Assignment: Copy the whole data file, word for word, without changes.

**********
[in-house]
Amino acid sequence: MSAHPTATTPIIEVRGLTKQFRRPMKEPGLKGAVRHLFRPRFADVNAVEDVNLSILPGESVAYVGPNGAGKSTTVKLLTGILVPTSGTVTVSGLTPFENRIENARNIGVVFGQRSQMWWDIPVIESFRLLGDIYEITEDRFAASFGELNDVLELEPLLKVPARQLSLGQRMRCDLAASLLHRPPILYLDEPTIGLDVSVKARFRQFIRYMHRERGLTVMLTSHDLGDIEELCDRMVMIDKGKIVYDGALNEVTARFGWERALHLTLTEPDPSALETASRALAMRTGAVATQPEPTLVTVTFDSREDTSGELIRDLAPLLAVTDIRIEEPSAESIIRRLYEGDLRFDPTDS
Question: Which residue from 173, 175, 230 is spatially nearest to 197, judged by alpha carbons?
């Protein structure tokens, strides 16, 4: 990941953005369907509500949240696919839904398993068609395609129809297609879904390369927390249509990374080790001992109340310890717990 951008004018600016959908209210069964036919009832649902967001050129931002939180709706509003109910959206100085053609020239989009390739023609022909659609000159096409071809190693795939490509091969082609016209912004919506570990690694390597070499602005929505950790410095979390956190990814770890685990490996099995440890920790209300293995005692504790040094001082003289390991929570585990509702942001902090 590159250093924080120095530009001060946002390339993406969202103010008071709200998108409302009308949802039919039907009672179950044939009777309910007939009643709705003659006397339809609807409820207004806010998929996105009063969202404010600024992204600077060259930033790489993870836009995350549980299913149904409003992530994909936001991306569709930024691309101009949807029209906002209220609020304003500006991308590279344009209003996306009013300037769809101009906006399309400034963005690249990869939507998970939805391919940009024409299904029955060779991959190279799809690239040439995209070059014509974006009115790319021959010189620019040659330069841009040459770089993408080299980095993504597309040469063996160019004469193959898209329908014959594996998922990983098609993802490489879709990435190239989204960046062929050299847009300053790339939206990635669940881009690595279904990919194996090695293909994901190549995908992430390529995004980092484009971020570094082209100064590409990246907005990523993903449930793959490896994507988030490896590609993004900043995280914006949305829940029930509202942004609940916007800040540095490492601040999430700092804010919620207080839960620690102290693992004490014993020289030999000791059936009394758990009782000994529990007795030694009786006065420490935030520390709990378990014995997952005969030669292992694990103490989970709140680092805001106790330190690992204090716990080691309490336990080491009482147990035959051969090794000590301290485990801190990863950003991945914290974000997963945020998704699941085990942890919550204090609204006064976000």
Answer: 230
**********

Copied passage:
[in-house]
Amino acid sequence: MSAHPTATTPIIEVRGLTKQFRRPMKEPGLKGAVRHLFRPRFADVNAVEDVNLSILPGESVAYVGPNGAGKSTTVKLLTGILVPTSGTVTVSGLTPFENRIENARNIGVVFGQRSQMWWDIPVIESFRLLGDIYEITEDRFAASFGELNDVLELEPLLKVPARQLSLGQRMRCDLAASLLHRPPILYLDEPTIGLDVSVKARFRQFIRYMHRERGLTVMLTSHDLGDIEELCDRMVMIDKGKIVYDGALNEVTARFGWERALHLTLTEPDPSALETASRALAMRTGAVATQPEPTLVTVTFDSREDTSGELIRDLAPLLAVTDIRIEEPSAESIIRRLYEGDLRFDPTDS
Question: Which residue from 173, 175, 230 is spatially nearest to 197, judged by alpha carbons?
């Protein structure tokens, strides 16, 4: 990941953005369907509500949240696919839904398993068609395609129809297609879904390369927390249509990374080790001992109340310890717990 951008004018600016959908209210069964036919009832649902967001050129931002939180709706509003109910959206100085053609020239989009390739023609022909659609000159096409071809190693795939490509091969082609016209912004919506570990690694390597070499602005929505950790410095979390956190990814770890685990490996099995440890920790209300293995005692504790040094001082003289390991929570585990509702942001902090 590159250093924080120095530009001060946002390339993406969202103010008071709200998108409302009308949802039919039907009672179950044939009777309910007939009643709705003659006397339809609807409820207004806010998929996105009063969202404010600024992204600077060259930033790489993870836009995350549980299913149904409003992530994909936001991306569709930024691309101009949807029209906002209220609020304003500006991308590279344009209003996306009013300037769809101009906006399309400034963005690249990869939507998970939805391919940009024409299904029955060779991959190279799809690239040439995209070059014509974006009115790319021959010189620019040659330069841009040459770089993408080299980095993504597309040469063996160019004469193959898209329908014959594996998922990983098609993802490489879709990435190239989204960046062929050299847009300053790339939206990635669940881009690595279904990919194996090695293909994901190549995908992430390529995004980092484009971020570094082209100064590409990246907005990523993903449930793959490896994507988030490896590609993004900043995280914006949305829940029930509202942004609940916007800040540095490492601040999430700092804010919620207080839960620690102290693992004490014993020289030999000791059936009394758990009782000994529990007795030694009786006065420490935030520390709990378990014995997952005969030669292992694990103490989970709140680092805001106790330190690992204090716990080691309490336990080491009482147990035959051969090794000590301290485990801190990863950003991945914290974000997963945020998704699941085990942890919550204090609204006064976000």
Answer: 230